Even more transfixing to watch: the directorial dive into the lowbrow as career-destroying kamikaze mission. Charlie Chaplin spent seven years after the release of his classic The Great Dictator fending off tabloid-trumpeted paternity suits and accusations of Communist sympathies. This did not put Chaplin in a particularly good mood, of course, and his next film, 1947's Monsieur Verdoux, abandoned the highbrow social commentary of his Little Tramp films in favor of a dime-store-novel plot. Chaplin plays a sociopath who seduces elderly widows and then murders them for their money. Naturally, the film is a comedy.

But it's a comedy that eventually becomes a bile-spewing rant against women, love and the military-industrial complex. It's a fascinating thing to watch today, if only to see just how hard Chaplin worked to distort his squeaky-clean iconic image. But it effectively ended his career.

Every once in a while, a high-end filmmaker does manage to squeak through a mainstream project with his vision more or less intact. On the set of Popeye, Robert Altman reportedly came close to fistfights with super-producer Robert Evans on multiple occasions. But his stubbornness resulted in what's unmistakably a true Altman film: I'm pretty sure Popeye is the only cartoon-inspired musical where you'll find overlapping naturalistic dialogue, wide shots in which random extras get the same amount of focus as the protagonists, and songs where sexual innuendo is less subtext than text. (Olive Oyl's ode to Bluto is titled "He's Large.")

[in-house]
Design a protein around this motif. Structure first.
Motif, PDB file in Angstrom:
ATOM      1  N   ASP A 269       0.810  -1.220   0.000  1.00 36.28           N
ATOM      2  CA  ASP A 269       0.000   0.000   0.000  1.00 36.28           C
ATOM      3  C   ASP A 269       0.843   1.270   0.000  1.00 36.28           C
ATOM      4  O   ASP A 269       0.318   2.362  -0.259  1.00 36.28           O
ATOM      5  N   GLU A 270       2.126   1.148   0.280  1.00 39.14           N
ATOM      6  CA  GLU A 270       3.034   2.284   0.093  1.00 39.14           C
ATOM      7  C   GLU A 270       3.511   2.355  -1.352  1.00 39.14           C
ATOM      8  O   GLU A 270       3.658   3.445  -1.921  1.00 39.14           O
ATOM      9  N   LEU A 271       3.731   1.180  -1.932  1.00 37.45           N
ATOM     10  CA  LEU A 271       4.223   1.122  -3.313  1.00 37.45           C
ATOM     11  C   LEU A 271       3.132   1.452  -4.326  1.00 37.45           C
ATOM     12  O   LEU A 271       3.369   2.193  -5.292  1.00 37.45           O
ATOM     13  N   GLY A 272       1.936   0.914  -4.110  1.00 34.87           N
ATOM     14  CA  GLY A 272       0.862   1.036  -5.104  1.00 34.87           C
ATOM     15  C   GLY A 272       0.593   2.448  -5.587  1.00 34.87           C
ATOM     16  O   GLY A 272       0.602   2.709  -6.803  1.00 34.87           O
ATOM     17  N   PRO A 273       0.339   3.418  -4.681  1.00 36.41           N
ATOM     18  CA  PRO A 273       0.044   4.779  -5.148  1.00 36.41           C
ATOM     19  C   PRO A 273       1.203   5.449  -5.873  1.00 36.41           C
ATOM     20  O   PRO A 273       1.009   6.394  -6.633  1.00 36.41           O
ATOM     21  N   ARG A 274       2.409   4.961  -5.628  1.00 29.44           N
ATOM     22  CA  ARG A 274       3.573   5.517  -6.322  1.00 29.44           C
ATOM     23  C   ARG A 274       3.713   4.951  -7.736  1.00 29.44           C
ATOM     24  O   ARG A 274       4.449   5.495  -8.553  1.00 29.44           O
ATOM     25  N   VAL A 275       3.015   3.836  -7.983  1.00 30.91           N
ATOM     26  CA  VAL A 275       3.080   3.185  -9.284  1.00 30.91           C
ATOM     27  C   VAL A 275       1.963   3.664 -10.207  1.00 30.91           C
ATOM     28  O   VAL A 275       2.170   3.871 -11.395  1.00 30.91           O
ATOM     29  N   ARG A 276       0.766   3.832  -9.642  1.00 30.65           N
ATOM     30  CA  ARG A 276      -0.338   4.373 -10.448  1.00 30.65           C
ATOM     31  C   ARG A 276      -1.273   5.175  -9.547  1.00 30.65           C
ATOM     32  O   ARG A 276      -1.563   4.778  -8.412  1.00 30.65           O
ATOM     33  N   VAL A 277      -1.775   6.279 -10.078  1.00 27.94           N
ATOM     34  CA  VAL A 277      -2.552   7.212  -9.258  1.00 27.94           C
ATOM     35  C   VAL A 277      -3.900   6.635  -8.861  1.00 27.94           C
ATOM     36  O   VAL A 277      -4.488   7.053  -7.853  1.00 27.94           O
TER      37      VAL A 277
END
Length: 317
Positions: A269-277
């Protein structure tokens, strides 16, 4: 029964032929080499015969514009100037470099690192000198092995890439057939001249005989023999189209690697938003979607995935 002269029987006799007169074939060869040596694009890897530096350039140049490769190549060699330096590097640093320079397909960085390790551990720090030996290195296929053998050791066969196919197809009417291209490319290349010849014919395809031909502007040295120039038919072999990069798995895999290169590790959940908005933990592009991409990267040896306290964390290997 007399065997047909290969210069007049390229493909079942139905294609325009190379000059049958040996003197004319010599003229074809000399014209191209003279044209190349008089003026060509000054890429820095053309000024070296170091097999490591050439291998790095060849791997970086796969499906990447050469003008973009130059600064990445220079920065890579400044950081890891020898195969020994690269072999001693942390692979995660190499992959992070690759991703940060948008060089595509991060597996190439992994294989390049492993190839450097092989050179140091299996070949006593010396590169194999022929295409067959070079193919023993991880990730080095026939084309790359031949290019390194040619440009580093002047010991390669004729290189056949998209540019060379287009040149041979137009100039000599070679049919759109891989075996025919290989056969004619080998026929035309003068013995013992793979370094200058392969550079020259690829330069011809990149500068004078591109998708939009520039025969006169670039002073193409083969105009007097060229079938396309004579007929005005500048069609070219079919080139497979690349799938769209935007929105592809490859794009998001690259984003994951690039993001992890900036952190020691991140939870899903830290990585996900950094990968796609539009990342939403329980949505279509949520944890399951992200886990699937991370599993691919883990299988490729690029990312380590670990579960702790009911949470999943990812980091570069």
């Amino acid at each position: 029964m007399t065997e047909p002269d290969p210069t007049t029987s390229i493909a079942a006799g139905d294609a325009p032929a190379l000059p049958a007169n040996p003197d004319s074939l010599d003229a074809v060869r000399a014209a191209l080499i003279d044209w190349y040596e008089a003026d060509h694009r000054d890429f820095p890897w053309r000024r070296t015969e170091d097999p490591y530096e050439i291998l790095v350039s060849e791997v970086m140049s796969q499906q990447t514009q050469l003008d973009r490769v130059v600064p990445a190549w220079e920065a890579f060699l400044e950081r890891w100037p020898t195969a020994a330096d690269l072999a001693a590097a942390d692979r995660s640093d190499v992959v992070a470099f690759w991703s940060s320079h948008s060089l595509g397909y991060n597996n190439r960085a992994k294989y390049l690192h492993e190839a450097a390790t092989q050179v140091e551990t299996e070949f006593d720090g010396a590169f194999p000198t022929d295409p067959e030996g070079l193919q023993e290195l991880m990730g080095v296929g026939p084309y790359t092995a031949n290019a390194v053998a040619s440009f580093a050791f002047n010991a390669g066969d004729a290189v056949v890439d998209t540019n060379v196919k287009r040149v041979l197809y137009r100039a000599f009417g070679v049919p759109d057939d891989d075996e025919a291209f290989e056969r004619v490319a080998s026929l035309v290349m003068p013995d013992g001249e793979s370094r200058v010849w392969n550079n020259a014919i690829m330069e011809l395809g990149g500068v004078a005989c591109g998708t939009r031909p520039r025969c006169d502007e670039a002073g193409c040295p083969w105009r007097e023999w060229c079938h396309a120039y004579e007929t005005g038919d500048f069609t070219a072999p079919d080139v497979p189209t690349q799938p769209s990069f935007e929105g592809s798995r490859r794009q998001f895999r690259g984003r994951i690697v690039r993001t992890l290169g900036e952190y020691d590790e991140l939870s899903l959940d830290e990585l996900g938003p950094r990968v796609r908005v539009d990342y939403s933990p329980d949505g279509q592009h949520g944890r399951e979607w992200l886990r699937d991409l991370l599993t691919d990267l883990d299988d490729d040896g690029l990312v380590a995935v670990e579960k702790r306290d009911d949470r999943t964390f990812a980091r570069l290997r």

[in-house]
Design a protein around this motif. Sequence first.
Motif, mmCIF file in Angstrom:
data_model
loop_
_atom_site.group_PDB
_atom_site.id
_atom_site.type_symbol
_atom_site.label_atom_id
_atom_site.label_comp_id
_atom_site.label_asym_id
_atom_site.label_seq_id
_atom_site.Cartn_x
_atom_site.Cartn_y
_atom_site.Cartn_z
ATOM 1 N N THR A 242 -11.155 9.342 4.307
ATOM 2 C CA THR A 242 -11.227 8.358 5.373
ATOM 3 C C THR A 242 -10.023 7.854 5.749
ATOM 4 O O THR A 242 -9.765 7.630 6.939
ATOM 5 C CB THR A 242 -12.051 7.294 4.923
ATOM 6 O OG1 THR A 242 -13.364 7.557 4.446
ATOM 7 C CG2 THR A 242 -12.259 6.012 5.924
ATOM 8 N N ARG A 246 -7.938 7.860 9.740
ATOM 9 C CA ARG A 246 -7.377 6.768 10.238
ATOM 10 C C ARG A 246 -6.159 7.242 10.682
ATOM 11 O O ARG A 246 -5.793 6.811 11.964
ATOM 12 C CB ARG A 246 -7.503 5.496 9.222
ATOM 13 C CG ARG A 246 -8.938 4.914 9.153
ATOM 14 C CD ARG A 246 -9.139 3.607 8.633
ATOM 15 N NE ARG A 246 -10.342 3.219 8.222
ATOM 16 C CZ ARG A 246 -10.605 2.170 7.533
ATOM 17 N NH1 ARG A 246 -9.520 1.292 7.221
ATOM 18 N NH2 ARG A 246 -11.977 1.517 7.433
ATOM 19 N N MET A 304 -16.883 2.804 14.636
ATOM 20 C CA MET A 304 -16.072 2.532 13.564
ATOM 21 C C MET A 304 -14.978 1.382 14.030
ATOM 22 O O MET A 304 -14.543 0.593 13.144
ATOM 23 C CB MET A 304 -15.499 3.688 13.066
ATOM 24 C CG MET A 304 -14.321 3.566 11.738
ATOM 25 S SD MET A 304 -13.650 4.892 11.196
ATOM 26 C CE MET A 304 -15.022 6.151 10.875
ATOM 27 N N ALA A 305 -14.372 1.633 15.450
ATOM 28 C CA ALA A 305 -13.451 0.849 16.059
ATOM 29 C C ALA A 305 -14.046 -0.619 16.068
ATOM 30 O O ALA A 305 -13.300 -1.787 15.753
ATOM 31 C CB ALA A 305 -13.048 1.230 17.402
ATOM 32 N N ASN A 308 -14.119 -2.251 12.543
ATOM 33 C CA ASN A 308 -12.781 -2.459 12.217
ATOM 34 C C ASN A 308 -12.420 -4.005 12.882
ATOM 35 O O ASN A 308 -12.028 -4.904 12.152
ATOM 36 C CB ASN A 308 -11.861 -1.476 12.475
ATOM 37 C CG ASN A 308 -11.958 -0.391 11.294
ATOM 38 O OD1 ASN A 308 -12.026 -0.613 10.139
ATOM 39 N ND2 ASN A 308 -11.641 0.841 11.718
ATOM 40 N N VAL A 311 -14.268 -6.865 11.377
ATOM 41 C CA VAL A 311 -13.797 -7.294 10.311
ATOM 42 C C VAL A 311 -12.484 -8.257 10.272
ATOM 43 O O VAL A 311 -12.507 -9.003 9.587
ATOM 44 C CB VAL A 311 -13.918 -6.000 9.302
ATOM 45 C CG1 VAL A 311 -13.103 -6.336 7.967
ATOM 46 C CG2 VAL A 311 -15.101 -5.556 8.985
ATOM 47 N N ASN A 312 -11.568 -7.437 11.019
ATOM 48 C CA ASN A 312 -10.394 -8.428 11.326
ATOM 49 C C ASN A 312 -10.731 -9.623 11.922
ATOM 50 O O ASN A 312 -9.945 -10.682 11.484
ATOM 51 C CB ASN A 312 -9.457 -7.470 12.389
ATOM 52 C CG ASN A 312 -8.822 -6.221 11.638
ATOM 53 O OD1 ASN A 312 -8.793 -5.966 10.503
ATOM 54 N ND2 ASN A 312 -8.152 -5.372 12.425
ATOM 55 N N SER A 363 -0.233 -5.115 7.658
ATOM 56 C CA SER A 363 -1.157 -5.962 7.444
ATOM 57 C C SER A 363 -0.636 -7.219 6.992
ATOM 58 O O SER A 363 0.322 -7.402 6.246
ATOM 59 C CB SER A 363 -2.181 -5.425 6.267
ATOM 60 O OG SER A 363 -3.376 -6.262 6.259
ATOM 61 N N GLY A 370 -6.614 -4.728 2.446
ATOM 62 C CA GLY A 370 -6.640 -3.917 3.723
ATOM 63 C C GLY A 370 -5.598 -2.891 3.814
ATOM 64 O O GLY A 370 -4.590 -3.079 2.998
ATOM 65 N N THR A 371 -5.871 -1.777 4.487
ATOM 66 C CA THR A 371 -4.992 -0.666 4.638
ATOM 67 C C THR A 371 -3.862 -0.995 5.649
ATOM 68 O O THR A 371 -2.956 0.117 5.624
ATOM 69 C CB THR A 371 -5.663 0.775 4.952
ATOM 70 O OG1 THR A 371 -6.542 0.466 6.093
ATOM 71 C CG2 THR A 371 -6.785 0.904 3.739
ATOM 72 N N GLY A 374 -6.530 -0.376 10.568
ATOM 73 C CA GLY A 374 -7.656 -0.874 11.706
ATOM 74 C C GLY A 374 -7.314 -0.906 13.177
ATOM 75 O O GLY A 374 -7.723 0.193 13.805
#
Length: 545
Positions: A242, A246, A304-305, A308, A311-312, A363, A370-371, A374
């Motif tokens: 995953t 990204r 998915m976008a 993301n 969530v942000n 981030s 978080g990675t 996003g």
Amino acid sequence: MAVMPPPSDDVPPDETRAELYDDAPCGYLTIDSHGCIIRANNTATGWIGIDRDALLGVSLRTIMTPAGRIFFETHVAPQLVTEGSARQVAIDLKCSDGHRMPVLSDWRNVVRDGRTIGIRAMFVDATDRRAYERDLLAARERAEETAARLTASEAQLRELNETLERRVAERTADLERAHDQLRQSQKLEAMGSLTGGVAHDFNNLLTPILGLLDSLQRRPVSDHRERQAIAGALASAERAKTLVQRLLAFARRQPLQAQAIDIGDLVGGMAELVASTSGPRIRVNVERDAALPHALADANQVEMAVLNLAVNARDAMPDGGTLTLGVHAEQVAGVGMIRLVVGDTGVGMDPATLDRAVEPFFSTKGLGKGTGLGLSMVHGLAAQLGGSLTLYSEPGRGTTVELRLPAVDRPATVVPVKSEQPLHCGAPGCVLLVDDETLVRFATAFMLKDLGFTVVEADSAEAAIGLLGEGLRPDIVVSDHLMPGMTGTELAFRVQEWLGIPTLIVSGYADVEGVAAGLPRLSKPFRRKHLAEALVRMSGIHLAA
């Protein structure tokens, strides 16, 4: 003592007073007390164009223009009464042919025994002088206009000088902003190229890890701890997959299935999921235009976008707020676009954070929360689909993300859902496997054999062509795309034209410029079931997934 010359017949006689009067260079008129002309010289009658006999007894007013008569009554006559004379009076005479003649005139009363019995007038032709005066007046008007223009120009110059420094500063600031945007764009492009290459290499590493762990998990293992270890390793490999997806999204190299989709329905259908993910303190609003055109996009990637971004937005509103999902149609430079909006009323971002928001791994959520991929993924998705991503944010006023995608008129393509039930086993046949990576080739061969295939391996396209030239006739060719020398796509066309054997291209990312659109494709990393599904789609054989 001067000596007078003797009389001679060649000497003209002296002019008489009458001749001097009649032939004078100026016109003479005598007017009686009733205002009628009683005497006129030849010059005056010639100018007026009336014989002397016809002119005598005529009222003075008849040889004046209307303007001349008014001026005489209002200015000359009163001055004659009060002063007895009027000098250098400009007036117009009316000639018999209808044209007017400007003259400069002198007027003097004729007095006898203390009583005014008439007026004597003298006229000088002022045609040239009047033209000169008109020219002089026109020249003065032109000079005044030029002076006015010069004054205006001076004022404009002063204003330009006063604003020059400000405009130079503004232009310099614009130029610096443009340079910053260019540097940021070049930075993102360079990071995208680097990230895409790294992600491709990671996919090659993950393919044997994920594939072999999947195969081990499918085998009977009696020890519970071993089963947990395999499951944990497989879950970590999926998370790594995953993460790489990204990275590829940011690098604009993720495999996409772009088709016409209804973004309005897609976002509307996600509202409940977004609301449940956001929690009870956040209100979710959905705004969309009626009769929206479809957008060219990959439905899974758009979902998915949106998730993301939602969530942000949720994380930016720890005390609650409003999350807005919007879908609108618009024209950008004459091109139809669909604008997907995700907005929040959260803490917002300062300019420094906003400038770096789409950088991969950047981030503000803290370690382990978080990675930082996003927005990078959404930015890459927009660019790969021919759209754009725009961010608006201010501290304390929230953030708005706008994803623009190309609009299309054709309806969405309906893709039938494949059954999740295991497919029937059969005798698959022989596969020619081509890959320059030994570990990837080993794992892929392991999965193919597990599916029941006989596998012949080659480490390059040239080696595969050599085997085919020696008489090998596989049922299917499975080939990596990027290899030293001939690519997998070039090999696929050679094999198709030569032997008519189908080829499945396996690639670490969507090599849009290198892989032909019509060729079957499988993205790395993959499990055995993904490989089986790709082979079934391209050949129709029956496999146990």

Strangely enough, letting Altman stick to his guns paid off for the studio: Popeye was a minor hit. (Though the fact that the film featured the first big-screen leading performance from a rubber-faced young sitcom star named Robin Williams probably helped).

In fact when distinctive directorial visions actually survive all the way to the summer-blockbuster screen, the results can really pay off. For Batman Begins, Christopher Nolan suppressed his artistic impulses and delivered a relatively straightforward superhero picture. But when he was let loose to create the superhero noir The Dark Knight — a war-on-terrorism allegory that was barely about Batman — the box-office gross was more than double the earlier film's take.

The billion-dollar Batman payoff looks to have convinced studios that unconventional directorial choices are a good idea, although they may not truly have internalized that not-interfering-with-the-vision part. Thor is fun, but there's nothing particularly Branagh-y about it.

Maybe Marshall would have fared better if he'd brought some actual show-stopping musical numbers into the Pirates franchise. Johnny Depp hasn't always been the most convincing dancer on-screen — but Penelope Cruz could probably teach him a thing or two.

Raj Ranade writes about movies for the Lexington Ace Weekly.